Another point to note is that crisis-prevention efforts should also be explored and where practical, adopted. Indeed the warning: "it is better to be safe than sorry", takes on an almost 'prophetic' notion in this era of uncertainty.


You may recall that in  this post of March 2012I loosely defined a communications strategy as a standardised system of information flow easily disseminated to relevant stakeholders. I also stated that an effective communications strategy should comprise six components - the "What";  the "Why";  the "Who";  the "How";  the "When/How Long"; and the "Crisis-Mode Plan".

In the weeks which followed, I explored  how all six individual components, (the last of which is this post : the "Crisis-Mode Plan")  - each one fluidly leading to the next - have given credibility to this concept, leading to favourable outcomes in the organisation when successfully implemented.

As I had suggested in the past, communications strategies could also be employed in entertainment and political circles or in other fields whereby good perception maintenance is crucial for long-term relevance in the industry. (You are only as good as you are perceived). They are also useful in situations whereby reputation management is vital for the competitive edge.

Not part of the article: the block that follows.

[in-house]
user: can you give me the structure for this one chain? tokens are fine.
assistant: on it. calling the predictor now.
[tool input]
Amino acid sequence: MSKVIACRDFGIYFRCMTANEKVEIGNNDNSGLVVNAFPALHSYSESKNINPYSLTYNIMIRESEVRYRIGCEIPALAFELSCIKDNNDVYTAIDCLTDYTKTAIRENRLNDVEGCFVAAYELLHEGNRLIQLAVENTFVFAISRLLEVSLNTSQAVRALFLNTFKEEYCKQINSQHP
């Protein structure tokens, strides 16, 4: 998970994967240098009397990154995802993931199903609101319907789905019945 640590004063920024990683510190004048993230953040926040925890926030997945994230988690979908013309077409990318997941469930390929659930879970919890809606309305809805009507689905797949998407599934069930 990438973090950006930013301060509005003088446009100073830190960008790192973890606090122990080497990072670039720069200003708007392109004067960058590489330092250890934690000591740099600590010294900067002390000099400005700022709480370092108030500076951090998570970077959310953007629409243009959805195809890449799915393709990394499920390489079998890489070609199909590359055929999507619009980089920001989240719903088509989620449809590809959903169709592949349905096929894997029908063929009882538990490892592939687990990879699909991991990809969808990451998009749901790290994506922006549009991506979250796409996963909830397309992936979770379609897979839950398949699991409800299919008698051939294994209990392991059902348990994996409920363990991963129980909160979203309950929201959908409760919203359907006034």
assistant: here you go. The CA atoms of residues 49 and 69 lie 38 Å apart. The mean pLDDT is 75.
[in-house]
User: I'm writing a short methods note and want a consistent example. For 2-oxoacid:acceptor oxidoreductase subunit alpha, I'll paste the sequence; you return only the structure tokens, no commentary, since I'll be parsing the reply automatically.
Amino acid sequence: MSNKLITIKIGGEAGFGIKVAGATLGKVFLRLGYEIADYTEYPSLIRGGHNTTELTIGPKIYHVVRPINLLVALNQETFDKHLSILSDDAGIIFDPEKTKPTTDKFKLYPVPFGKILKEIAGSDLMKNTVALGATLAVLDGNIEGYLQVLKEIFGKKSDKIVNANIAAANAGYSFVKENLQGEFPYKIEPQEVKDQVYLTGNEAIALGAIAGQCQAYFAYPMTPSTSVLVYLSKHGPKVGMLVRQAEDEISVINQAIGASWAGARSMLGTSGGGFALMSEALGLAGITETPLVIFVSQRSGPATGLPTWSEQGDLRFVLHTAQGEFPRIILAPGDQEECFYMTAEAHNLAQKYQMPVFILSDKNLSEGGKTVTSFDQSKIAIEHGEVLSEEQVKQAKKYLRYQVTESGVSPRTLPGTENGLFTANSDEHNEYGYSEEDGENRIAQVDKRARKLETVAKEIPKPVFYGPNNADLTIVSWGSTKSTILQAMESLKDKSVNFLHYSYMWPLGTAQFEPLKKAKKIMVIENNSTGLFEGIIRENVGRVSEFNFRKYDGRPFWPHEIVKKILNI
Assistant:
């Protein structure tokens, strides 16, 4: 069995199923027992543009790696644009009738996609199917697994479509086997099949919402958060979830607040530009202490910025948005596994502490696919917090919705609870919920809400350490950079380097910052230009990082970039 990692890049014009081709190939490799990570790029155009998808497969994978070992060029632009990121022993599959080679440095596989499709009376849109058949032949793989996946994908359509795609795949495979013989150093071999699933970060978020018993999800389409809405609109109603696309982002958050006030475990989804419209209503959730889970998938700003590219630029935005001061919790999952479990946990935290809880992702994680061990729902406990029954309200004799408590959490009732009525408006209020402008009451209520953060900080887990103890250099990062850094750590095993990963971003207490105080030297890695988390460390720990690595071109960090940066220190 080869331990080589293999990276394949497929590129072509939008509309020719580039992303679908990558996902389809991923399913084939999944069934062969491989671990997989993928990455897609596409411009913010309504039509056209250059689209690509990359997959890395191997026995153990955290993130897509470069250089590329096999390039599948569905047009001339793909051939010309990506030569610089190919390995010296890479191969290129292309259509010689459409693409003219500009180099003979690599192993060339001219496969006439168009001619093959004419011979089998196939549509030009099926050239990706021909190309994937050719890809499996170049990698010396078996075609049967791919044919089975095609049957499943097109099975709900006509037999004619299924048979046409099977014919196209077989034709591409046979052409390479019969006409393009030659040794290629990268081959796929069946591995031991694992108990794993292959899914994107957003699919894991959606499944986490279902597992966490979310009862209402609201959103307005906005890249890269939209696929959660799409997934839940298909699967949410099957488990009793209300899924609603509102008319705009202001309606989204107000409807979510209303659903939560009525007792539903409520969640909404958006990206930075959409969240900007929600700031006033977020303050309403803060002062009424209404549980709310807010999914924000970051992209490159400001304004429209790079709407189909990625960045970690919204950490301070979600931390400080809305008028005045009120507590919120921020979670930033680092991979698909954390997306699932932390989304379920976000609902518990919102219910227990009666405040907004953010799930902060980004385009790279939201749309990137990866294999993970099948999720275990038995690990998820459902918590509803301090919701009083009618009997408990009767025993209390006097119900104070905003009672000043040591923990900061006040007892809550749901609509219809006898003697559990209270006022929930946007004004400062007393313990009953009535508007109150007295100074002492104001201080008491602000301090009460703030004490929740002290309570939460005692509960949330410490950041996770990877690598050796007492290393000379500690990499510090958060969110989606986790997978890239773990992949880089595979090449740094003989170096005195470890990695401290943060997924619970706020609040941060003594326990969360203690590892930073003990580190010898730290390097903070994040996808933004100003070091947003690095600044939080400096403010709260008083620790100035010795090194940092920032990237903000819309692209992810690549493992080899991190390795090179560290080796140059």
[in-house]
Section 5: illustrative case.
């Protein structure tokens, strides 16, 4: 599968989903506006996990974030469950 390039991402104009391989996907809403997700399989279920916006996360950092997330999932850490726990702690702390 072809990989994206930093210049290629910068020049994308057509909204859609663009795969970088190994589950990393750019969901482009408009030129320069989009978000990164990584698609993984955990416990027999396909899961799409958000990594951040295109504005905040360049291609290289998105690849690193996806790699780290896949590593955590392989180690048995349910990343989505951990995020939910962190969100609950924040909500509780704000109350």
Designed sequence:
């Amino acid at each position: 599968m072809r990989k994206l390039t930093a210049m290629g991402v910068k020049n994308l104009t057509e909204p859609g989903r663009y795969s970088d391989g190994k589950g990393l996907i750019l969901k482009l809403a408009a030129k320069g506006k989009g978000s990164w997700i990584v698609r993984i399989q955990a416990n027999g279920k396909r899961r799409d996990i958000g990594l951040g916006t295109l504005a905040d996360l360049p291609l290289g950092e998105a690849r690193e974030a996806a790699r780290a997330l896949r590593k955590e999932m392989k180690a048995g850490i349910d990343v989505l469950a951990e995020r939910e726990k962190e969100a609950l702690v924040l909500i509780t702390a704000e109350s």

I encourage researchers to test this concept via various methodologies as I am certain that empirical proof would highlight interesting aspects for future debates.

In the meantime however, due to its links to various organisational constructs in the behavioural science field, I believe that my communications strategy would be useful to leaders in particular. It could be developed as a practical model and easily customised for their different realities.

Despite what cynics might call a 'lofty' dream, this is my hope: that my communications strategy would be adopted by organisations around the globe, both profit and non-profit organisations, in order to maximise organisational effectiveness  and to promote healthier stakeholder relationships.

And I would continue to sing about the (practical) benefits of business communications to organisational effectiveness...

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1Skip King is President of Reputation Strategies. He has been managing high-visibility communications for more than twenty years, with special expertise in risk, sports, outdoor education, travel and marine industries.

N.B -  Images courtesy of

Saturday, 11 August 2012

Components Of A Communications Strategy - The "When/How Long"

5) The "When/How Long"

This outlines the proposed timeline from inception to completion. It is two-fold: highlighting a specific moment in time when a proposed action would be launched, as well as the duration of the initiative. It also encompasses the notion of  time management.

This component is often overlooked or not given the recognition it deserves for two reasons.

Firstly, those responsible for the delivery of the 'desired good' may get so involved in the consultation and planning phases or may feel the need to wait for confirmation of key criteria, that an announcement about an appropriate timeline for the initiative may be delayed. These people may feel justified, at a later date, to give a vague timeline for the project, such as: "the third quarter of the year".